Stop Asking Ewan McGregor About Returning to 'Star Wars'

Ewan McGregor
Ewan McGregor attends The 4th Annual Los Cabos International Film Festival closing night gala in Cabo San Lucas, Mexico, November 14, 2015. The actor has no "burning desire" to be in another "Star Wars" film. Jesse Grant/Getty

The Star Wars galaxy may be expanding and actors including Samuel L. Jackson—Mace Windu in George Lucas' poorly reviewed prequel series—may be saying "hell, yeah" to the idea of a return, but at least one actor is able to resist the pull of the Force: Ewan McGregor.

The Scottish actor played Anakin Skywalker's mentor Obi-Wan Kenobi in Episodes I through III opposite Hayden Christensen, taking over the role made famous by Alec Guinness in the original Star Wars films in the 1970s and '80s.

But while promoting his new film, the spy thriller Our Kind of Traitor, McGregor said he had "no burning desire" to pick up a lightsaber again in the new Star Wars films.

"I made three movies amongst however many others. And that's what they were to me—three movies amongst a bunch of other ones," he told Magic FM (via Den of Geek ). "I was very happy with them, I'm very happy to have been in them. I like that they were films that children could watch, for the first time in my career."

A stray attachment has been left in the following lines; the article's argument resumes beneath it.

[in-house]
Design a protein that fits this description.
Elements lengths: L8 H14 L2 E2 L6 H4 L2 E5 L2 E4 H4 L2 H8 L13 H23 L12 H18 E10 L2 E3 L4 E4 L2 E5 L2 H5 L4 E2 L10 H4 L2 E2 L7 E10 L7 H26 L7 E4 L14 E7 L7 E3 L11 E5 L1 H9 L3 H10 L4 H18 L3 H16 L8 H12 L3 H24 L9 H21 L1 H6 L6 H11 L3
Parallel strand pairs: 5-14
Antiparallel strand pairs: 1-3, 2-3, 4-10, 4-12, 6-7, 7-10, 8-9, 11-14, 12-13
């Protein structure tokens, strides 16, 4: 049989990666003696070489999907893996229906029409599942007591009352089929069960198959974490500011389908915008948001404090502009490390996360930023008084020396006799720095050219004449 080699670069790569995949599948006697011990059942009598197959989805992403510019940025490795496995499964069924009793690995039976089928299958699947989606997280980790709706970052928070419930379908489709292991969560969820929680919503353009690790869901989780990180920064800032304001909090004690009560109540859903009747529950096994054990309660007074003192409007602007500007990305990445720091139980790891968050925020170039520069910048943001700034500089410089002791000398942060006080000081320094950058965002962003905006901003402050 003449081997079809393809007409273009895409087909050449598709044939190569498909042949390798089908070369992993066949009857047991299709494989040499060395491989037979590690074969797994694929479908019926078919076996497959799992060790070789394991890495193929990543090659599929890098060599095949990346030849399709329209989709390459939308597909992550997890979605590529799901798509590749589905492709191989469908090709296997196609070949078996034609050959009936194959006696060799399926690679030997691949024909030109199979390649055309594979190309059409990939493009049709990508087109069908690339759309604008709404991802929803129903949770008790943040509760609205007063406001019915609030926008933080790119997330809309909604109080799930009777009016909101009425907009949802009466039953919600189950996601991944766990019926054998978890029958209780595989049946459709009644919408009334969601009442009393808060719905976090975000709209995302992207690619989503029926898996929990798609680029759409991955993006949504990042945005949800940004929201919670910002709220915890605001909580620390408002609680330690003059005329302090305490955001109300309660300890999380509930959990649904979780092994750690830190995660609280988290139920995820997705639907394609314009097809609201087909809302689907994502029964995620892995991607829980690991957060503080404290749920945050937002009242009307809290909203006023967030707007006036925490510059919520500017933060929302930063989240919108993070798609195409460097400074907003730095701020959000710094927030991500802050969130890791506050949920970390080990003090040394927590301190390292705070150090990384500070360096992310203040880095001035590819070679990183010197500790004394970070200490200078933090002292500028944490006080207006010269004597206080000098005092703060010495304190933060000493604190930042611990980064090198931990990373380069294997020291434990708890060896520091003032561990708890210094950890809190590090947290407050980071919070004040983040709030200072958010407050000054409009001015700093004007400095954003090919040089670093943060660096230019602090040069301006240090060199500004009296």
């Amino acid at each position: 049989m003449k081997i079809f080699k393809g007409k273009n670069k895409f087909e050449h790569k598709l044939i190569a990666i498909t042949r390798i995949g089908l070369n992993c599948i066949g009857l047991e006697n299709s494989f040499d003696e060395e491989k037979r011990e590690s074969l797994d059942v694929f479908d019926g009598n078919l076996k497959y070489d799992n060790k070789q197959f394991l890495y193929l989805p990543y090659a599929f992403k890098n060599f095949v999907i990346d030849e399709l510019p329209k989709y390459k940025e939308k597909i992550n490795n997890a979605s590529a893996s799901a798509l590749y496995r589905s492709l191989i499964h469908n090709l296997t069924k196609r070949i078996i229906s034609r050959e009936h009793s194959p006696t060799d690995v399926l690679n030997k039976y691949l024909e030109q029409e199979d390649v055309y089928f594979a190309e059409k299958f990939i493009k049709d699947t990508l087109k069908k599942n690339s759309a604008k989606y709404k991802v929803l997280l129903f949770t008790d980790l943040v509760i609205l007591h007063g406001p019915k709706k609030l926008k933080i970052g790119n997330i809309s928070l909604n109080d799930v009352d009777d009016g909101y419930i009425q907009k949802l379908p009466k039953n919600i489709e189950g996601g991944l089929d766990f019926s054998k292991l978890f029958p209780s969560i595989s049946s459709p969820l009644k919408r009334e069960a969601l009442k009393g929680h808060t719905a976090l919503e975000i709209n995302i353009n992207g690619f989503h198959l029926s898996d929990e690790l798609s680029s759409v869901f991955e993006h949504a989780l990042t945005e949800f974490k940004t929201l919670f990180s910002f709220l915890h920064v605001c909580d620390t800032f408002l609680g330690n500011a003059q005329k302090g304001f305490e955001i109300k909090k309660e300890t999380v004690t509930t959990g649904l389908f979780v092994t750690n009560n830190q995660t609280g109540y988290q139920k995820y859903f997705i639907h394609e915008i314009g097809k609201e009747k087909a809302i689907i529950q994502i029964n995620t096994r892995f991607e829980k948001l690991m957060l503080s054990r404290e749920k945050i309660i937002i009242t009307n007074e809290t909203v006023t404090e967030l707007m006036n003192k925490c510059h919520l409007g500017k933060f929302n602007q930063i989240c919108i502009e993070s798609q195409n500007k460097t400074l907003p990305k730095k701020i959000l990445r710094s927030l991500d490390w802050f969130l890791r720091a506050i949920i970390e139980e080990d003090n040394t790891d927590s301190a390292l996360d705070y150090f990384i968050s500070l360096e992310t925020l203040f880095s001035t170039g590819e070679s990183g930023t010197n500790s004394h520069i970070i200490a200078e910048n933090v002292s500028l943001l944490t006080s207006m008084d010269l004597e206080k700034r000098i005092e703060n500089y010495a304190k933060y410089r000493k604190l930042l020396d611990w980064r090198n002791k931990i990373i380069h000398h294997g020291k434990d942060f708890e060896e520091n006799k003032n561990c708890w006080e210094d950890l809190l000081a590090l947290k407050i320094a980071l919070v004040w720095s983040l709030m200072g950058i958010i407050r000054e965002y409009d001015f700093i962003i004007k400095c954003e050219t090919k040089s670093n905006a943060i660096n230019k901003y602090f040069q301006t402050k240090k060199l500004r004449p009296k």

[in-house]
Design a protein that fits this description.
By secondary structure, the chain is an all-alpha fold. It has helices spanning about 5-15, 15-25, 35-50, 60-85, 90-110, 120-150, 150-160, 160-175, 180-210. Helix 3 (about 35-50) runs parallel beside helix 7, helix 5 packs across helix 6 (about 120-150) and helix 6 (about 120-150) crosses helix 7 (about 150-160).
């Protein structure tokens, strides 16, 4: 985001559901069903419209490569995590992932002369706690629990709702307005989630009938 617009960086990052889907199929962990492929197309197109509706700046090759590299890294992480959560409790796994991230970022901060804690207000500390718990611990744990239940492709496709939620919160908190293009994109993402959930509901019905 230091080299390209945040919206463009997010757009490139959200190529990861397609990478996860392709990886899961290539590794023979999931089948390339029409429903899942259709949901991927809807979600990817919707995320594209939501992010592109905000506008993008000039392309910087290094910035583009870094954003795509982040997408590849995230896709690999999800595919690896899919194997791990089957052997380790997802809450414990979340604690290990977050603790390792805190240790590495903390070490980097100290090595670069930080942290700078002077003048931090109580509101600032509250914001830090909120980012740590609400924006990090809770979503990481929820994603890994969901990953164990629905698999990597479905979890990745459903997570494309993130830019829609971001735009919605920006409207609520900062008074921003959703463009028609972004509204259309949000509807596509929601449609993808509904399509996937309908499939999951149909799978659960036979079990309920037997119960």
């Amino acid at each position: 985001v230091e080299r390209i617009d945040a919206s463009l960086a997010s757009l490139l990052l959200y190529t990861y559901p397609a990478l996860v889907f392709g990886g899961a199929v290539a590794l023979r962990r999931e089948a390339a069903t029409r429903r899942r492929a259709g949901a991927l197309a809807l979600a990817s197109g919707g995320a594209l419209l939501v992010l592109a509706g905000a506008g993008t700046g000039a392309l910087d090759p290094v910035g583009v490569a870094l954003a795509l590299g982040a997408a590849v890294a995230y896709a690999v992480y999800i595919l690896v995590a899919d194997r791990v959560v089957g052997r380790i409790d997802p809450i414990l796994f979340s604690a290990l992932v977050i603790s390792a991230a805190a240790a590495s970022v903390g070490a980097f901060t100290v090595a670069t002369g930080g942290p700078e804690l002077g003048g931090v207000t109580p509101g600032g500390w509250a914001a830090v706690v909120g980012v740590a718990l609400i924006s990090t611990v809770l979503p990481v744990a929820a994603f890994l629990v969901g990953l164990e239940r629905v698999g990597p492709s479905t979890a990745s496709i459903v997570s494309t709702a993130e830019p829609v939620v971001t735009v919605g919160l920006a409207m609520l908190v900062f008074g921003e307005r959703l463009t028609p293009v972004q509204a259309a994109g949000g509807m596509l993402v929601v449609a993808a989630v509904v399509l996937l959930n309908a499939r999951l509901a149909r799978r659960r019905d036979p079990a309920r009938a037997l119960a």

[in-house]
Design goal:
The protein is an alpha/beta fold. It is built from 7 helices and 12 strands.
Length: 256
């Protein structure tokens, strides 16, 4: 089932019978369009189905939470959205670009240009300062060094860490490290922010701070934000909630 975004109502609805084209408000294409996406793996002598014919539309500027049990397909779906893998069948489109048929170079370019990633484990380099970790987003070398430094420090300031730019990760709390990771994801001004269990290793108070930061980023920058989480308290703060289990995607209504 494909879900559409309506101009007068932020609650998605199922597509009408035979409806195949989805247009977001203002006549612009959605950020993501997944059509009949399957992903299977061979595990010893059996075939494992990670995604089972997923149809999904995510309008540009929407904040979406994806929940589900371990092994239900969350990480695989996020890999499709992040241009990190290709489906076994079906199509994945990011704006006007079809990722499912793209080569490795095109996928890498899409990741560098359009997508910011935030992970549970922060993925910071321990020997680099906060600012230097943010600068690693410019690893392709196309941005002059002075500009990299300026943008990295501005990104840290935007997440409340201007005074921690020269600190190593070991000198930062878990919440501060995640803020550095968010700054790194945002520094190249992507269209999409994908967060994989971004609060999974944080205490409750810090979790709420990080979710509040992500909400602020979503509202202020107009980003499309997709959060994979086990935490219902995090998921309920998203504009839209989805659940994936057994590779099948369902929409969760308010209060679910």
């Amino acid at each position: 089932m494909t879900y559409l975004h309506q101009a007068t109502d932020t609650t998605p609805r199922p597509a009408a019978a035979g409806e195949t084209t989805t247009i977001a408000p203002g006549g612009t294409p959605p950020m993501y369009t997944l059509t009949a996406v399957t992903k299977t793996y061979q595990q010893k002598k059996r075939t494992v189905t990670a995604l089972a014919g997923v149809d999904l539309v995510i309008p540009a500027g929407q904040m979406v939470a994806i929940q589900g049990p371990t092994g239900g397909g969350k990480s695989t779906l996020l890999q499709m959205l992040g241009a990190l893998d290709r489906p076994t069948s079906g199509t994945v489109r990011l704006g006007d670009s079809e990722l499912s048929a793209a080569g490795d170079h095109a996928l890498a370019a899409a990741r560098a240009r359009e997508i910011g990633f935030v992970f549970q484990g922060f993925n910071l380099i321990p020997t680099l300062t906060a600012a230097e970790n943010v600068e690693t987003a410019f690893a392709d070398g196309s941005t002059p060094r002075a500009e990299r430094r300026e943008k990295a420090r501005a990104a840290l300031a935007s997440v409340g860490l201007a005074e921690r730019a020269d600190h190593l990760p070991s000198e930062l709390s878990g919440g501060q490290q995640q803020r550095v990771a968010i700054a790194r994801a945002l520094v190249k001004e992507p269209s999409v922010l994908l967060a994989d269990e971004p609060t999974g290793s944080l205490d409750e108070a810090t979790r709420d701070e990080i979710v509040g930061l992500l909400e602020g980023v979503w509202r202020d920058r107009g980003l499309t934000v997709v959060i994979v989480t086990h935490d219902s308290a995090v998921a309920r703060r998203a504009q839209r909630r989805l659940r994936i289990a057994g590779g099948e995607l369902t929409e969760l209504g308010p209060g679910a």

However, he added: "I was very happy to be in them, and that's where it ends for me. I don't have a burning need to do them again. Or indeed any sort of fascination for the movies that everyone else seems to have. I don't seem to have that—maybe because I've been in them? I've seen behind the curtain. It doesn't have the same sort of wonderment to me."

If it seems McGregor is only too happy to put Obi-Wan behind him it could be because he's sick of being asked about Star Wars. Recently, the actor mulled in an interview the idea of an Obi-Wan spinoff, in the same vein as Lucasfilm's upcoming Han Solo movie, prompting fans of the saga to assume he is "campaigning" for a film.

The truth is, he tells Collider, "I could care less. I said I would do it. If they asked me to, I would be happy to. But it looks like I am campaigning for it, just because I get asked about it all the time."

He added: "I would like it to be known that I don't bring it up, at these interviews, of my own free will. I only respond to questions I'm asked to. I don't know anything about it. They've never approached me about it."